Deck creator forum — The Pagan Tarot
The following is a new entry in my blog’s “Deck Creator Forum.” I occasionally do deck reviews on this blog, but in this feature I have asked various deck creators to say a few words (or paragraphs, actually) about their Tarot deck.
By the way, you too can contribute to this discussion. If you have this deck and have experience using it, please leave comments about your use of it. (Note that I will be moderating the comments.)
The Pagan Tarot, a deck designed by Gina Pace (aka, “Wicce”), sticks to its stated theme through its portrayal of everyday, experiences of a modern pagan woman whose “spirituality and daily life flow in harmony” and by its replacement of traditional esoteric symbolism with Pagan symbolism.
Gina has been kind enough to provide some very extensive answers to my interview questions, including some fun behind-the-scenes stories about the creation of this deck. I hope you enjoy reading this interview as much as I enjoyed doing it.
James: What inspired you to create this deck?
Gina: I had always wanted to create my own tarot deck, but had never actually thought about the possibility of publishing a deck. I’d been doing tarot readings for a very long time already, and was using a pocket-sized Rider-Waite deck, and I found myself saying to clients very often “if this was MY deck, if I could draw this, here is what I would have on it.”
At the same time, I had also been a practicing Wiccan for many years, and I was doing a lot of tarot reviews and my website was quite well known in the pagan community. I know there are, and have been, quite a few good tarot reviewers out there, but I don’t know if anyone else was as openly pagan as I was.
The third piece of the puzzle that made the deck come to life was that the representatives from LoScarabeo came to the United States to attend a new age trade show and that was really their first introduction to what was, for them, something completely unique and new. Wicca is not typically practiced in Italy, or even in most of Europe. Various other forms of paganism and witchcraft, yes, but not Wicca. So the publishers became enchanted with this form of spirituality and decided they’d like to present a tarot deck using Wiccan symbolism. And there I was, an openly pagan tarot reviewer and reader. At that point it became kind of obvious that we’d be working together.
Who created the artwork for your deck and how was he chosen to do so?
Luca Raimondo was someone who I already favored anyway because I had seen his work on other decks, such as the Tarot of Casanova, and was really thrilled with his realistic style of artwork. However, in order to be fair, what we (meaning myself and my liaison at LoScarabeo) did was create the design work that would set the first card up, and we gave it to all of the contract artists who work for LoScarabeo. Several different artists rendered that card, and all of the designs came back to me, and I was able to choose which artist I wanted to work with based on how the design I had sent in was seen, visualized, and interpreted. It just happened that Luca Raimondo’s version of my design was the closest thing to what I had in mind.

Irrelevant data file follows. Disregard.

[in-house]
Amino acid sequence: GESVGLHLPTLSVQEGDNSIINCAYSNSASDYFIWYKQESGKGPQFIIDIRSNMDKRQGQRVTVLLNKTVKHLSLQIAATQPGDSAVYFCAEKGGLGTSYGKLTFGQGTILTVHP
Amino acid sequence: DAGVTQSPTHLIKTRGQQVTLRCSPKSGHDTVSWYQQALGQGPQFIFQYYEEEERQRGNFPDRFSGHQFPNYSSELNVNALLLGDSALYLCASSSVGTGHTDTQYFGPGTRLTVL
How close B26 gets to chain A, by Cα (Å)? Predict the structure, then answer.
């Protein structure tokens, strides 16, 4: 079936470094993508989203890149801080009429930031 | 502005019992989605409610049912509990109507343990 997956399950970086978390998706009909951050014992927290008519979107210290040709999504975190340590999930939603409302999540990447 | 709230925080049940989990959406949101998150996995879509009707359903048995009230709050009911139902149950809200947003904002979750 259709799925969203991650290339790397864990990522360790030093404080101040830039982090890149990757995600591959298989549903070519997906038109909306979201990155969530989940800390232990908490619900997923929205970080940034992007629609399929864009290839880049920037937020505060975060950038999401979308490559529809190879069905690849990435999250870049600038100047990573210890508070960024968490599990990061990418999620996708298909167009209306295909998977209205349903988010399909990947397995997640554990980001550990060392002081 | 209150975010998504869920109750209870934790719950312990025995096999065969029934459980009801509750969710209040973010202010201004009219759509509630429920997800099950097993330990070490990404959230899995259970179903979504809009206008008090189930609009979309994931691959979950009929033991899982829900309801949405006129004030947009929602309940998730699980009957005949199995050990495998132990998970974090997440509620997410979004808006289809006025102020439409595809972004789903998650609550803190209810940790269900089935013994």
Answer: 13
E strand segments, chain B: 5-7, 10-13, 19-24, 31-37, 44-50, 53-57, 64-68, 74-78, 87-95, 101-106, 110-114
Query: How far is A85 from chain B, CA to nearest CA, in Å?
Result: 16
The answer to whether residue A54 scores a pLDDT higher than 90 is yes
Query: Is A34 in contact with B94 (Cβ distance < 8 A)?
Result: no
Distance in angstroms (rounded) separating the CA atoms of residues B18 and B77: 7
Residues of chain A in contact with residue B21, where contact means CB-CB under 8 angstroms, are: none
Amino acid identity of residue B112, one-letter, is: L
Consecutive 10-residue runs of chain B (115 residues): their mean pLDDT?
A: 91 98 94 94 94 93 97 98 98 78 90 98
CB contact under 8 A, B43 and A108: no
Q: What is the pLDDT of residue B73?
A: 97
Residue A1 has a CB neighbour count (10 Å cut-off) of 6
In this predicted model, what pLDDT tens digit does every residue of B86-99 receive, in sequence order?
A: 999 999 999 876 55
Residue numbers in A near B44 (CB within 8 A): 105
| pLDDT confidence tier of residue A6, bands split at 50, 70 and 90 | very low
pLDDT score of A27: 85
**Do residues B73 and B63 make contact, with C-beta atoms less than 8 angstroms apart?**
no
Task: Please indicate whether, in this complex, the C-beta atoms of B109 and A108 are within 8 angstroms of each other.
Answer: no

I still have all the other versions of that card on my computer, but when I saw his card, I knew he “understood” the language of what I was trying to express. Later on, in order to expedite the timing of the artistic process, Cristiano Spadoni was further selected to assist in the artwork. You will see Spadoni has credit on the deck for “coloring” which simply means finishing the images as Luca had set each one down. Working with Luca, one gets a very strong vibe for color preferences and the way he “sees” life, so having someone else color in portions of the work doesn’t interfere with his process, it helps it.
How did you interact with the artist? Did you provide a description of the scene for each card and then get back the finished product, or was it more complicated than that?
Luca speaks limited English, so the communication between us was a very complicated process. First, I would draft a design document outlining all of the symbolism and imagery I needed to convey with the card. This would be sent to Riccardo Minetti, my liaison at LoScarabeo. Riccardo would go back and forth with me to make sure HE understood, then he would translate the entire description into Italian, discuss it at length with Luca, and then come back to me with any questions they came up with between them. Once there weren’t any questions, then Luca would paint the card, Riccardo would send it to me, I would get to look at it and see if it worked or not, and we’d either approve it or send it back for some changes. I am grateful that in most cases there were not a lot of changes and the few there were happened to be small tweaks rather than entirely redoing the card.